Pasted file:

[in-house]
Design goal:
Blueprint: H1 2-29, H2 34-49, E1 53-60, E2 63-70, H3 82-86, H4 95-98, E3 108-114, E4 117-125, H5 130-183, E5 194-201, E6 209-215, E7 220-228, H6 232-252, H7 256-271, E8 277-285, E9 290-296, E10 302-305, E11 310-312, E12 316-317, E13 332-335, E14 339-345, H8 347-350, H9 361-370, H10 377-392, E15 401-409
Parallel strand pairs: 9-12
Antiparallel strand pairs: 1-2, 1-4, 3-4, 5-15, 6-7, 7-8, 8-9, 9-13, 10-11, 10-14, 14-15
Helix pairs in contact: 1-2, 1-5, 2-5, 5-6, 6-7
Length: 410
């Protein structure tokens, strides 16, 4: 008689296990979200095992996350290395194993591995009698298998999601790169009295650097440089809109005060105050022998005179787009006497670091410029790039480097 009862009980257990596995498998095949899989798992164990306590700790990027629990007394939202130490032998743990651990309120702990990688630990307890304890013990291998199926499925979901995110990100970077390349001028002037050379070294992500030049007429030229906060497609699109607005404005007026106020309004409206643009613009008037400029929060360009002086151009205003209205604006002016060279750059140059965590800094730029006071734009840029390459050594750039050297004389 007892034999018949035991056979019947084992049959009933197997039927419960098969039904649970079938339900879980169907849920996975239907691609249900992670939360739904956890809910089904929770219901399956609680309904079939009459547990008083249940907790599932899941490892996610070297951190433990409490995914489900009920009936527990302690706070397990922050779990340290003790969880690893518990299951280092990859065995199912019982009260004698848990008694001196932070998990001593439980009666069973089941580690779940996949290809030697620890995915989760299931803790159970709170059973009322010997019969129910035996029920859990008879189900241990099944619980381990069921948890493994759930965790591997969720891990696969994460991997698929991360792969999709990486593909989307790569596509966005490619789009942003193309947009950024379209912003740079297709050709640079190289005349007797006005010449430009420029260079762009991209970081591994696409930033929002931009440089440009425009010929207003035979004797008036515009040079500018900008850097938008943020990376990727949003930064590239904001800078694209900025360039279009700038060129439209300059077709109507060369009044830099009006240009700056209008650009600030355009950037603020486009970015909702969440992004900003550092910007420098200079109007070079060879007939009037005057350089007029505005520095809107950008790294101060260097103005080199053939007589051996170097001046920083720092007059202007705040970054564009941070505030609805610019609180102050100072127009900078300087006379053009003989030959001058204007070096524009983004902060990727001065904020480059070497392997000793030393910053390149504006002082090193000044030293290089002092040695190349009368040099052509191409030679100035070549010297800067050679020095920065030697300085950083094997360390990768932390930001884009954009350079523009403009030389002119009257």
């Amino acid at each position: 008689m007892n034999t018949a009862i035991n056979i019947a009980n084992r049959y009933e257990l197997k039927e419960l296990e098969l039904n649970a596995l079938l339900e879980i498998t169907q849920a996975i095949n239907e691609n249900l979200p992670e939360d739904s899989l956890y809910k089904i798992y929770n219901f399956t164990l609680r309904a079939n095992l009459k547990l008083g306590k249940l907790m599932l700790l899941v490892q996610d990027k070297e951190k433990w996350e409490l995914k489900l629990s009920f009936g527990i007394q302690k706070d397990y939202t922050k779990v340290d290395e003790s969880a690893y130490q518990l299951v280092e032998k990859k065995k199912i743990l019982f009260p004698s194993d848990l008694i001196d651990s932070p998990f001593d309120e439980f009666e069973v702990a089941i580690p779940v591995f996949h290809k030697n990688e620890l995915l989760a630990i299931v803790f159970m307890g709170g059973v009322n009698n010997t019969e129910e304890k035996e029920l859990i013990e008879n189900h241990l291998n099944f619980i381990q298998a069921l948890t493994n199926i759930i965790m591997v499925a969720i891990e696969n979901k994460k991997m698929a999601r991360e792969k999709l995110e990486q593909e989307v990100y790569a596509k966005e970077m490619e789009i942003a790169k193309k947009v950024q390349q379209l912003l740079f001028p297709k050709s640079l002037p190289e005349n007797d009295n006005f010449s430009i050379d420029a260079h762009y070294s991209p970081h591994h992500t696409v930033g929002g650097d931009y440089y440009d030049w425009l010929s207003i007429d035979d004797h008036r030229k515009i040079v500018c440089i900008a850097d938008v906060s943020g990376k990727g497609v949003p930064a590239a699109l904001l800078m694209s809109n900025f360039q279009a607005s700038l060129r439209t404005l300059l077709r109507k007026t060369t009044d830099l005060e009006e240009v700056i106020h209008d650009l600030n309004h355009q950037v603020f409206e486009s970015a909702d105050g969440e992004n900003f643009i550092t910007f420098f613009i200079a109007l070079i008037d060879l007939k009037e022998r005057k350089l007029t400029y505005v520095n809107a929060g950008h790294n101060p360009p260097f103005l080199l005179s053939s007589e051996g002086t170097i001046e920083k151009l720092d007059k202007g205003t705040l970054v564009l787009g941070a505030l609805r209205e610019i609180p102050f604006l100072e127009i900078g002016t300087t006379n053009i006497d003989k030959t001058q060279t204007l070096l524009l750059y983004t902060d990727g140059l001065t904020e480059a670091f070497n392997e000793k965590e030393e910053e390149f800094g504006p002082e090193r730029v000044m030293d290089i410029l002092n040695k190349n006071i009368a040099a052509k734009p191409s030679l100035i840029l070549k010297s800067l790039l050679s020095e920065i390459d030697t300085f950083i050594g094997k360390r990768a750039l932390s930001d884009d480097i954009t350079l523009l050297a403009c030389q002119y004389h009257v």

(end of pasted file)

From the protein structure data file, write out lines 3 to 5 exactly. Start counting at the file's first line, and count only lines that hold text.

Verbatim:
Blueprint: H1 2-29, H2 34-49, E1 53-60, E2 63-70, H3 82-86, H4 95-98, E3 108-114, E4 117-125, H5 130-183, E5 194-201, E6 209-215, E7 220-228, H6 232-252, H7 256-271, E8 277-285, E9 290-296, E10 302-305, E11 310-312, E12 316-317, E13 332-335, E14 339-345, H8 347-350, H9 361-370, H10 377-392, E15 401-409
Parallel strand pairs: 9-12
Antiparallel strand pairs: 1-2, 1-4, 3-4, 5-15, 6-7, 7-8, 8-9, 9-13, 10-11, 10-14, 14-15